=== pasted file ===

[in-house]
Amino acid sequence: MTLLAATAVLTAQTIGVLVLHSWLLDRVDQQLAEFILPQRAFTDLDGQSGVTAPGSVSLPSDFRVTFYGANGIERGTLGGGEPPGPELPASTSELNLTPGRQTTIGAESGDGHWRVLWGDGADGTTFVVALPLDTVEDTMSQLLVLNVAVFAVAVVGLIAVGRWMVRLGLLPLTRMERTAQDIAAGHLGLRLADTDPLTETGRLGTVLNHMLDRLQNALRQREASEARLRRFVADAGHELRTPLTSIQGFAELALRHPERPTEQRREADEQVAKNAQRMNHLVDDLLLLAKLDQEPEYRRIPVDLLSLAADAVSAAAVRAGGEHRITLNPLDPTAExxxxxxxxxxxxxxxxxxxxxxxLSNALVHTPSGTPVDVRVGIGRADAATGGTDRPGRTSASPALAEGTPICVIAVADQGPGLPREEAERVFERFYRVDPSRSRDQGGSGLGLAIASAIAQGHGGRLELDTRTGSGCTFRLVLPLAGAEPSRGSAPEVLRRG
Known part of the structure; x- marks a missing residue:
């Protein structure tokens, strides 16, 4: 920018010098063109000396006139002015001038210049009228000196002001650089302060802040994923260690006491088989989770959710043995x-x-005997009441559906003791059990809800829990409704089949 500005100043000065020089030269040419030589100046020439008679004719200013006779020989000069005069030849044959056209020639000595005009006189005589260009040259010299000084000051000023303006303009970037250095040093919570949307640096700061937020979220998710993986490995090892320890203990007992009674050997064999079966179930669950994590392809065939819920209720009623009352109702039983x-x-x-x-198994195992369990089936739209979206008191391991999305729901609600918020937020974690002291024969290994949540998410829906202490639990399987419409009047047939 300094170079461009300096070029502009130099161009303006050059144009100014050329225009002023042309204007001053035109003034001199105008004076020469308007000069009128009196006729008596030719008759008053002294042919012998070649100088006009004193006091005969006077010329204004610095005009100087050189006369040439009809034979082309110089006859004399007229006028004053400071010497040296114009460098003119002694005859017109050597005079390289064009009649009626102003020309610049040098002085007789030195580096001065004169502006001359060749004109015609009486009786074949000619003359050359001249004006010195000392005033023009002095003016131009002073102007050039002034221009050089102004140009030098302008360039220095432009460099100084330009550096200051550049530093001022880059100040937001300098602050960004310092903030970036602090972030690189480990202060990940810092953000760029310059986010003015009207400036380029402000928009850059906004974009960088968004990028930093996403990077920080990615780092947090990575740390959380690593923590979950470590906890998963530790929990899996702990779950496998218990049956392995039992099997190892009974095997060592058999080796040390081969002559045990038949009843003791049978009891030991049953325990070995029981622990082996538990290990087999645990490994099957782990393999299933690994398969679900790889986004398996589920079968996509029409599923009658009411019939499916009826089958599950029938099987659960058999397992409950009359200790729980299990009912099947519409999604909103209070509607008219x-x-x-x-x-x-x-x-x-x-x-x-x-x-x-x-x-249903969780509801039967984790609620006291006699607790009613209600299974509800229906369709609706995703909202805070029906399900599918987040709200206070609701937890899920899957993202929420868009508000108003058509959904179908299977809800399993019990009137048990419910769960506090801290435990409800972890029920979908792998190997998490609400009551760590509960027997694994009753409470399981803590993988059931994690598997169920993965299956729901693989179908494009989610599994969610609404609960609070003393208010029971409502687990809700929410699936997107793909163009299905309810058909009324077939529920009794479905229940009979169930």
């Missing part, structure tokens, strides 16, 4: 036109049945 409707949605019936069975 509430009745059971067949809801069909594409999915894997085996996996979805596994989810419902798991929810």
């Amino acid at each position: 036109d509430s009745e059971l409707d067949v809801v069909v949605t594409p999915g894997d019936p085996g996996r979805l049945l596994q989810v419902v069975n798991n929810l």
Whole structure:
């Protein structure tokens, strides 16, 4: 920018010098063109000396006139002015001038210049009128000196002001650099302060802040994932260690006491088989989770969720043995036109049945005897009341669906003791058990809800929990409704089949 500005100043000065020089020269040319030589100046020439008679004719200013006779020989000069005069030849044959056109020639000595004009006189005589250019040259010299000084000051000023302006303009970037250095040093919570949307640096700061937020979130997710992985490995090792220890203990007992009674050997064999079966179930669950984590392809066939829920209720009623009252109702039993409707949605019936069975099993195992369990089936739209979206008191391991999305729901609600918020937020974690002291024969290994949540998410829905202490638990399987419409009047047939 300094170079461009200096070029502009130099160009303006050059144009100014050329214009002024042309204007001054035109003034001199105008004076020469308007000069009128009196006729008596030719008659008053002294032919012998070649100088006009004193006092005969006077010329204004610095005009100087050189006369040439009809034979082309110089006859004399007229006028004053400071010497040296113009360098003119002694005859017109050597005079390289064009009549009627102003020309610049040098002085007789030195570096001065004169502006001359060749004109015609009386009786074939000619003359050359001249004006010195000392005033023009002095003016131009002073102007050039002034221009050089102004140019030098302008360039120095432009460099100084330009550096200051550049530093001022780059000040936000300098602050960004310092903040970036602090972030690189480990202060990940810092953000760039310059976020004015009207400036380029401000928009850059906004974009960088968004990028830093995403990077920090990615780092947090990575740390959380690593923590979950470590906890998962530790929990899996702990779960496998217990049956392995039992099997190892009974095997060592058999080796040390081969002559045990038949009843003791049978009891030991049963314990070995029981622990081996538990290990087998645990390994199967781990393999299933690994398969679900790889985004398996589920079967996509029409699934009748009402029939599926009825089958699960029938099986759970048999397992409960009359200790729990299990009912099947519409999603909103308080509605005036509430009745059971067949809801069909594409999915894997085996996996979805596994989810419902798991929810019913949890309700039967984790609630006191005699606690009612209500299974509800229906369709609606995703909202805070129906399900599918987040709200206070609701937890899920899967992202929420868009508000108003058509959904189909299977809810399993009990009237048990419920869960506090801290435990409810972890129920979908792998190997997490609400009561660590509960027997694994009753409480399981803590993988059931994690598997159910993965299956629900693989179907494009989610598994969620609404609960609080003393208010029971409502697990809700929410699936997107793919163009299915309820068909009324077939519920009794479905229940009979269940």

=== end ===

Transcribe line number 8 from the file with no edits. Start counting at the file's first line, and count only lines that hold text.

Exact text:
């Protein structure tokens, strides 16, 4: 920018010098063109000396006139002015001038210049009128000196002001650099302060802040994932260690006491088989989770969720043995036109049945005897009341669906003791058990809800929990409704089949 500005100043000065020089020269040319030589100046020439008679004719200013006779020989000069005069030849044959056109020639000595004009006189005589250019040259010299000084000051000023302006303009970037250095040093919570949307640096700061937020979130997710992985490995090792220890203990007992009674050997064999079966179930669950984590392809066939829920209720009623009252109702039993409707949605019936069975099993195992369990089936739209979206008191391991999305729901609600918020937020974690002291024969290994949540998410829905202490638990399987419409009047047939 300094170079461009200096070029502009130099160009303006050059144009100014050329214009002024042309204007001054035109003034001199105008004076020469308007000069009128009196006729008596030719008659008053002294032919012998070649100088006009004193006092005969006077010329204004610095005009100087050189006369040439009809034979082309110089006859004399007229006028004053400071010497040296113009360098003119002694005859017109050597005079390289064009009549009627102003020309610049040098002085007789030195570096001065004169502006001359060749004109015609009386009786074939000619003359050359001249004006010195000392005033023009002095003016131009002073102007050039002034221009050089102004140019030098302008360039120095432009460099100084330009550096200051550049530093001022780059000040936000300098602050960004310092903040970036602090972030690189480990202060990940810092953000760039310059976020004015009207400036380029401000928009850059906004974009960088968004990028830093995403990077920090990615780092947090990575740390959380690593923590979950470590906890998962530790929990899996702990779960496998217990049956392995039992099997190892009974095997060592058999080796040390081969002559045990038949009843003791049978009891030991049963314990070995029981622990081996538990290990087998645990390994199967781990393999299933690994398969679900790889985004398996589920079967996509029409699934009748009402029939599926009825089958699960029938099986759970048999397992409960009359200790729990299990009912099947519409999603909103308080509605005036509430009745059971067949809801069909594409999915894997085996996996979805596994989810419902798991929810019913949890309700039967984790609630006191005699606690009612209500299974509800229906369709609606995703909202805070129906399900599918987040709200206070609701937890899920899967992202929420868009508000108003058509959904189909299977809810399993009990009237048990419920869960506090801290435990409810972890129920979908792998190997997490609400009561660590509960027997694994009753409480399981803590993988059931994690598997159910993965299956629900693989179907494009989610598994969620609404609960609080003393208010029971409502697990809700929410699936997107793919163009299915309820068909009324077939519920009794479905229940009979269940």